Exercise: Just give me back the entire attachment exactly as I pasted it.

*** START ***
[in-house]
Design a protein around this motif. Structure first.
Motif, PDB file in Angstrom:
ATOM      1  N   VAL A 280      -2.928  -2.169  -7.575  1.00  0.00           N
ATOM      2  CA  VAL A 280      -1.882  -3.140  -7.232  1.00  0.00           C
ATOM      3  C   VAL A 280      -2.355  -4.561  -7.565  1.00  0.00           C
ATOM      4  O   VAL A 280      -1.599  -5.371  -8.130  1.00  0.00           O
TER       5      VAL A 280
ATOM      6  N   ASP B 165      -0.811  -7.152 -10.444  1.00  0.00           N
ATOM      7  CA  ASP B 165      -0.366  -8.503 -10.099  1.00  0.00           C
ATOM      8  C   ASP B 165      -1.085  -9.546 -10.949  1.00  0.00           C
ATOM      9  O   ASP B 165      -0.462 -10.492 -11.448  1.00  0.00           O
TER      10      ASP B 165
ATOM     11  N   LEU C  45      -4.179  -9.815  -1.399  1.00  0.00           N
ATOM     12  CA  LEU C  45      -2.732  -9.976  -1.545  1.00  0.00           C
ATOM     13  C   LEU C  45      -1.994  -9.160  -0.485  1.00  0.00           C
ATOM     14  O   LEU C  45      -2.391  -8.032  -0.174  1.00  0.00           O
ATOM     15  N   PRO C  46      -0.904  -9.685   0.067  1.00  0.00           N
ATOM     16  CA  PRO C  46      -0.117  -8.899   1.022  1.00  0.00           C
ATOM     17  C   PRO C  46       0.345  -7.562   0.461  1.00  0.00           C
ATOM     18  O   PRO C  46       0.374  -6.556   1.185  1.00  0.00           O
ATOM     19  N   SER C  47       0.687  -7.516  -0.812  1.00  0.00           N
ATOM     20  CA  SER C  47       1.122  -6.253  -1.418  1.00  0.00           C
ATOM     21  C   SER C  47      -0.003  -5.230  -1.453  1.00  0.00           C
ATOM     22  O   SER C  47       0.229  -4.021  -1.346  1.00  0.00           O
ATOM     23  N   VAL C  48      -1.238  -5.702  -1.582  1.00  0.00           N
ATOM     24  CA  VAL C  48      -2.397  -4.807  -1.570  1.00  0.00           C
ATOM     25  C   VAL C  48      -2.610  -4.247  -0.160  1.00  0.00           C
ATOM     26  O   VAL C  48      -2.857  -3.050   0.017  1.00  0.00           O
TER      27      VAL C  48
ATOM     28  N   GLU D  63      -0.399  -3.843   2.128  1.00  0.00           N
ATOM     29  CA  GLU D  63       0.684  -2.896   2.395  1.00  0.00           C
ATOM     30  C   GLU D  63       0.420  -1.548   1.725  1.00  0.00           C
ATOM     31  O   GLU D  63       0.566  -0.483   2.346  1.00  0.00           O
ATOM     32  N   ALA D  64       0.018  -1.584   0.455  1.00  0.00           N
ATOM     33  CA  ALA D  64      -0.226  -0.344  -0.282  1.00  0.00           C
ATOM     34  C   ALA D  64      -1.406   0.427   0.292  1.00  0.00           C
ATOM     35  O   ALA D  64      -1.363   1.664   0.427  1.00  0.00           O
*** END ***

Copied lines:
[in-house]
Design a protein around this motif. Structure first.
Motif, PDB file in Angstrom:
ATOM      1  N   VAL A 280      -2.928  -2.169  -7.575  1.00  0.00           N
ATOM      2  CA  VAL A 280      -1.882  -3.140  -7.232  1.00  0.00           C
ATOM      3  C   VAL A 280      -2.355  -4.561  -7.565  1.00  0.00           C
ATOM      4  O   VAL A 280      -1.599  -5.371  -8.130  1.00  0.00           O
TER       5      VAL A 280
ATOM      6  N   ASP B 165      -0.811  -7.152 -10.444  1.00  0.00           N
ATOM      7  CA  ASP B 165      -0.366  -8.503 -10.099  1.00  0.00           C
ATOM      8  C   ASP B 165      -1.085  -9.546 -10.949  1.00  0.00           C
ATOM      9  O   ASP B 165      -0.462 -10.492 -11.448  1.00  0.00           O
TER      10      ASP B 165
ATOM     11  N   LEU C  45      -4.179  -9.815  -1.399  1.00  0.00           N
ATOM     12  CA  LEU C  45      -2.732  -9.976  -1.545  1.00  0.00           C
ATOM     13  C   LEU C  45      -1.994  -9.160  -0.485  1.00  0.00           C
ATOM     14  O   LEU C  45      -2.391  -8.032  -0.174  1.00  0.00           O
ATOM     15  N   PRO C  46      -0.904  -9.685   0.067  1.00  0.00           N
ATOM     16  CA  PRO C  46      -0.117  -8.899   1.022  1.00  0.00           C
ATOM     17  C   PRO C  46       0.345  -7.562   0.461  1.00  0.00           C
ATOM     18  O   PRO C  46       0.374  -6.556   1.185  1.00  0.00           O
ATOM     19  N   SER C  47       0.687  -7.516  -0.812  1.00  0.00           N
ATOM     20  CA  SER C  47       1.122  -6.253  -1.418  1.00  0.00           C
ATOM     21  C   SER C  47      -0.003  -5.230  -1.453  1.00  0.00           C
ATOM     22  O   SER C  47       0.229  -4.021  -1.346  1.00  0.00           O
ATOM     23  N   VAL C  48      -1.238  -5.702  -1.582  1.00  0.00           N
ATOM     24  CA  VAL C  48      -2.397  -4.807  -1.570  1.00  0.00           C
ATOM     25  C   VAL C  48      -2.610  -4.247  -0.160  1.00  0.00           C
ATOM     26  O   VAL C  48      -2.857  -3.050   0.017  1.00  0.00           O
TER      27      VAL C  48
ATOM     28  N   GLU D  63      -0.399  -3.843   2.128  1.00  0.00           N
ATOM     29  CA  GLU D  63       0.684  -2.896   2.395  1.00  0.00           C
ATOM     30  C   GLU D  63       0.420  -1.548   1.725  1.00  0.00           C
ATOM     31  O   GLU D  63       0.566  -0.483   2.346  1.00  0.00           O
ATOM     32  N   ALA D  64       0.018  -1.584   0.455  1.00  0.00           N
ATOM     33  CA  ALA D  64      -0.226  -0.344  -0.282  1.00  0.00           C
ATOM     34  C   ALA D  64      -1.406   0.427   0.292  1.00  0.00           C
ATOM     35  O   ALA D  64      -1.363   1.664   0.427  1.00  0.00           O